Date of Conferral



Doctor of Education (Ed.D.)




Maureen Ellis


Abstract Nurses are often the first healthcare professionals that patients encounter in a healthcare environment; however, members of the lesbian, gay, bisexual, or transgender (LGBT) community and other diverse populations fail to seek medical attention due to feelings of discrimination and an unwelcoming environment. The focus of this qualitative, formative, program evaluation was that the baccalaureate nursing students at a private 4-year college in the Northeastern United States indicated a lack of academic preparation in cultural competency to properly care for members of the LGBT community and other diverse populations after graduation. Leininger’s theory of cultural care was used in this study to assess the perceptions of 13 professional nurses (who graduated within the past 2 academic years) and 8 Bachelor of Science Nursing (BSN) faculty about the adequacy of the nursing curriculum in educating students on the topic of cultural competency and caring for the LGBT population. The research questions focused on this same topic. Findings from the collected data (semi structured interviews for faculty and web-based surveys for nurses) revealed 4 themes, which indicated that the BSN curriculum needs updates for topics such as trust and respect for the LGBT populations and addressing diversity and vulnerable populations. The resultant project consisted of an evaluation report that focused on the summary of findings and the resultant recommendations, with a focus on potential changes to the nursing curriculum to improve nurses' ability to improve healthcare for the LGBT population. The project contributes to positive social change by helping administrators graduate culturally competent nurses who can improve healthcare for members of the LGBT population.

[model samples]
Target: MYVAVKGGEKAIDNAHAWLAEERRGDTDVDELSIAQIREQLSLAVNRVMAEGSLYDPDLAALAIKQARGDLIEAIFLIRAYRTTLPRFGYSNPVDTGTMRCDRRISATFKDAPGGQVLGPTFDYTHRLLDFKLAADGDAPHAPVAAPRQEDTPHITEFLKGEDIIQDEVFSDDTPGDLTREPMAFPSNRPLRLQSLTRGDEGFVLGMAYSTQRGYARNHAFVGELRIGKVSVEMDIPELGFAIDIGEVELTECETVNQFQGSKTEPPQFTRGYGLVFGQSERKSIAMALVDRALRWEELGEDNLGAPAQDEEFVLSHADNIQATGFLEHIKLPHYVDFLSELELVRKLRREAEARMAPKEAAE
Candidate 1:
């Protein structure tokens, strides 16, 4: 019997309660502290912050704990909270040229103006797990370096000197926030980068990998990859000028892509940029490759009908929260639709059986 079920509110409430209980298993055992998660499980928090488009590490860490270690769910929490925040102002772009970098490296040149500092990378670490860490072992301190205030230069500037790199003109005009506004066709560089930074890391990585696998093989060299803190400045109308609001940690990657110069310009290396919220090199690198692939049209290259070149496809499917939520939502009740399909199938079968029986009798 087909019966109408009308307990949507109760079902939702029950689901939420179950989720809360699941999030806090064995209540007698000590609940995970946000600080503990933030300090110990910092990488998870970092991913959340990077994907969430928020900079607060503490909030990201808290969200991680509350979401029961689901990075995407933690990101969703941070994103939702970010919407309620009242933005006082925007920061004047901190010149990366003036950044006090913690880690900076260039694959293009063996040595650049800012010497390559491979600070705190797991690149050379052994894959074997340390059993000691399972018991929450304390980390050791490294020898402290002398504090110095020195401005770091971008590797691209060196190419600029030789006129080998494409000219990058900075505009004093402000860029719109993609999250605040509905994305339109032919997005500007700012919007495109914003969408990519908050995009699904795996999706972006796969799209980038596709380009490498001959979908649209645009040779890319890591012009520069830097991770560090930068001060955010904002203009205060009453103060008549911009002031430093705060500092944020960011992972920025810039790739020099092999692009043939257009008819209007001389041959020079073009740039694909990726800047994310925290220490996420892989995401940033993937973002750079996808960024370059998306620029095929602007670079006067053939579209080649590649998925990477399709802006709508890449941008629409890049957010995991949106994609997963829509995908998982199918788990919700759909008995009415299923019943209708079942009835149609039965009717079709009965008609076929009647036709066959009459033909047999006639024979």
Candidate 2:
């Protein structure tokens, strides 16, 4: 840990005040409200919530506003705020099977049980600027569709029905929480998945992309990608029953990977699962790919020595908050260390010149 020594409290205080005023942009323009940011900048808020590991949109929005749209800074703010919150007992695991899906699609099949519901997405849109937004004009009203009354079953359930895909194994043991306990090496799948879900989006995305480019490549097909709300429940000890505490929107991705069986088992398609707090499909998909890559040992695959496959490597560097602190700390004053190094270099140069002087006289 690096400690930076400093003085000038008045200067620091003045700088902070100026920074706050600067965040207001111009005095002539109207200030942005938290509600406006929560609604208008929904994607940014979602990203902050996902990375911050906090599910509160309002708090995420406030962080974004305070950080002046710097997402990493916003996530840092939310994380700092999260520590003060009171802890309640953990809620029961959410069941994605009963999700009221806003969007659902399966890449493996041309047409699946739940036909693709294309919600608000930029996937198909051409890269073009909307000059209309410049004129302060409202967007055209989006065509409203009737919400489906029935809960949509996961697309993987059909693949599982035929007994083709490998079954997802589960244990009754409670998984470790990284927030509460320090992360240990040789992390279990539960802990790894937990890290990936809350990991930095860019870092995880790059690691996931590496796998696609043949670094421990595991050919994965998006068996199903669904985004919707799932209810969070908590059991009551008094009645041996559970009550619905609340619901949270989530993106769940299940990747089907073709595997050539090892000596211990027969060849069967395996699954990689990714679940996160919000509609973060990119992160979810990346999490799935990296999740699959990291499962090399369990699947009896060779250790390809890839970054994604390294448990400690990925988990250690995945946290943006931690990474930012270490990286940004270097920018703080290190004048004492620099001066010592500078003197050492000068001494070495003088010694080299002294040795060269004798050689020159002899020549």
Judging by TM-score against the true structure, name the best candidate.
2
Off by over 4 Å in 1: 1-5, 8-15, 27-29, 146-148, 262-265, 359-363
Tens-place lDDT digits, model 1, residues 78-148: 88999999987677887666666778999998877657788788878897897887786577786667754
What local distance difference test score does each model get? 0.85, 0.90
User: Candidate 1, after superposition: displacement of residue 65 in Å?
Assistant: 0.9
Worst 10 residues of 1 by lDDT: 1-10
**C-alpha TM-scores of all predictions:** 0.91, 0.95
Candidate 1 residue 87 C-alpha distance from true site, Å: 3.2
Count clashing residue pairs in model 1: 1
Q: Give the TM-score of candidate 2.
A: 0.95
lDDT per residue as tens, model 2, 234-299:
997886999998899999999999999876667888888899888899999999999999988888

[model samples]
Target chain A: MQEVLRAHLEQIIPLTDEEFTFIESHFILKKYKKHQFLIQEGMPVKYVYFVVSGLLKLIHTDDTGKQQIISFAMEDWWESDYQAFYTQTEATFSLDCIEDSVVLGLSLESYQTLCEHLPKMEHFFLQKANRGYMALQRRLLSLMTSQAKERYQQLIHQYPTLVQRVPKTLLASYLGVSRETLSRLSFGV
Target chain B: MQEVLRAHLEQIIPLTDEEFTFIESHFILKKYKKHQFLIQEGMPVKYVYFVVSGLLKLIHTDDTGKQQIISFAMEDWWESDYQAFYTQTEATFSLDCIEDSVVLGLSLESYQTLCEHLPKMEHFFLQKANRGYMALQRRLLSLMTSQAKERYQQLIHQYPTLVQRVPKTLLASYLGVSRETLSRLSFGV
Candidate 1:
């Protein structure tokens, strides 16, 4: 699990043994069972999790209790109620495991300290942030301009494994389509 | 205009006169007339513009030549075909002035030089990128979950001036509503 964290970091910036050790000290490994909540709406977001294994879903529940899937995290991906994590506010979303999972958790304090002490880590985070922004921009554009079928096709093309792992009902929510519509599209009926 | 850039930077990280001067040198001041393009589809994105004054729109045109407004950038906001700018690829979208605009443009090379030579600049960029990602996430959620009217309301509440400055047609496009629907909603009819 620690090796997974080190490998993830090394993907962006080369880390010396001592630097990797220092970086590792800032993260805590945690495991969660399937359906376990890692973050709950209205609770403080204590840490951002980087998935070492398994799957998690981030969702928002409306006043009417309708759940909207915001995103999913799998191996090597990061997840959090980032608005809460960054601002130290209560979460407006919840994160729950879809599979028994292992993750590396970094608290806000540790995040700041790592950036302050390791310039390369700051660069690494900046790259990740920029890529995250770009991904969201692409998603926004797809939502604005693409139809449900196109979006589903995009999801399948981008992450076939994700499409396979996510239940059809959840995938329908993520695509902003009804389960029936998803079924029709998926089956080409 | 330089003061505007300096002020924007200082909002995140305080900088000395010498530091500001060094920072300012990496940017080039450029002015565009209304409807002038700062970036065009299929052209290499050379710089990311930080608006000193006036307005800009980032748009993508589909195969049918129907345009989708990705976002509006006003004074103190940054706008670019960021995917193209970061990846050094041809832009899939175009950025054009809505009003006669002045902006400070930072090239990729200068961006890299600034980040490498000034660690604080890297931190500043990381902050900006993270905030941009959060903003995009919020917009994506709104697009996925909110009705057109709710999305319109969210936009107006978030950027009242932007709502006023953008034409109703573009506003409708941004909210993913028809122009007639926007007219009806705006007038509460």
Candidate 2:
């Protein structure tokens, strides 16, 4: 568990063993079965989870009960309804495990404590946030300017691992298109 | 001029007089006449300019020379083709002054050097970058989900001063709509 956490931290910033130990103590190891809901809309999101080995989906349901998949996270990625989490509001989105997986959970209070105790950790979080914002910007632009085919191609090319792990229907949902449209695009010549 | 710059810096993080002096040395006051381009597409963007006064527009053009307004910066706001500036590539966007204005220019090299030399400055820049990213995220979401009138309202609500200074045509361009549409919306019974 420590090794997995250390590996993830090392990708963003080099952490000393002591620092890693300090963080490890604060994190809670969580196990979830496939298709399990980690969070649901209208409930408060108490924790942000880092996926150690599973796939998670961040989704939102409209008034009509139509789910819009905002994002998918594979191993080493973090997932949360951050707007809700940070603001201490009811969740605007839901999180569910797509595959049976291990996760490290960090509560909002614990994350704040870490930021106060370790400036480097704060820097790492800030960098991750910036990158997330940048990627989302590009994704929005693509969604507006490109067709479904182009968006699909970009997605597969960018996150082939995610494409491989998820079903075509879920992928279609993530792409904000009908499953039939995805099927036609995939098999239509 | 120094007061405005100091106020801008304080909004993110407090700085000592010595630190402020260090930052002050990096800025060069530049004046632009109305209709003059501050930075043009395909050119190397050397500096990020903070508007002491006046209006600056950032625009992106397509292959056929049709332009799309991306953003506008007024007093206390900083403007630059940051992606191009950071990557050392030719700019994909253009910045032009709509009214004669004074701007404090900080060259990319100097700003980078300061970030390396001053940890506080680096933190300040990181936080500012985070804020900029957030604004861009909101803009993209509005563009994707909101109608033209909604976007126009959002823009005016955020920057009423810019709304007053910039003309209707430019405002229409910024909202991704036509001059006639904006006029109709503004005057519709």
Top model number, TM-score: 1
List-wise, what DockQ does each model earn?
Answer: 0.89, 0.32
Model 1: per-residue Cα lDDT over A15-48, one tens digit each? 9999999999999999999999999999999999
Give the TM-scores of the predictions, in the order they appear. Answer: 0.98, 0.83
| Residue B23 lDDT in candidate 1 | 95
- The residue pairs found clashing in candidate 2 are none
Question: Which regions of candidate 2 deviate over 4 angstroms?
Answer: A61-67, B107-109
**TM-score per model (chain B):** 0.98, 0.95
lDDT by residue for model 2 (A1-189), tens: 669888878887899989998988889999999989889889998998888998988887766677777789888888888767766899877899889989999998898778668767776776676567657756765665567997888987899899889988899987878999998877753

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Nursing Commons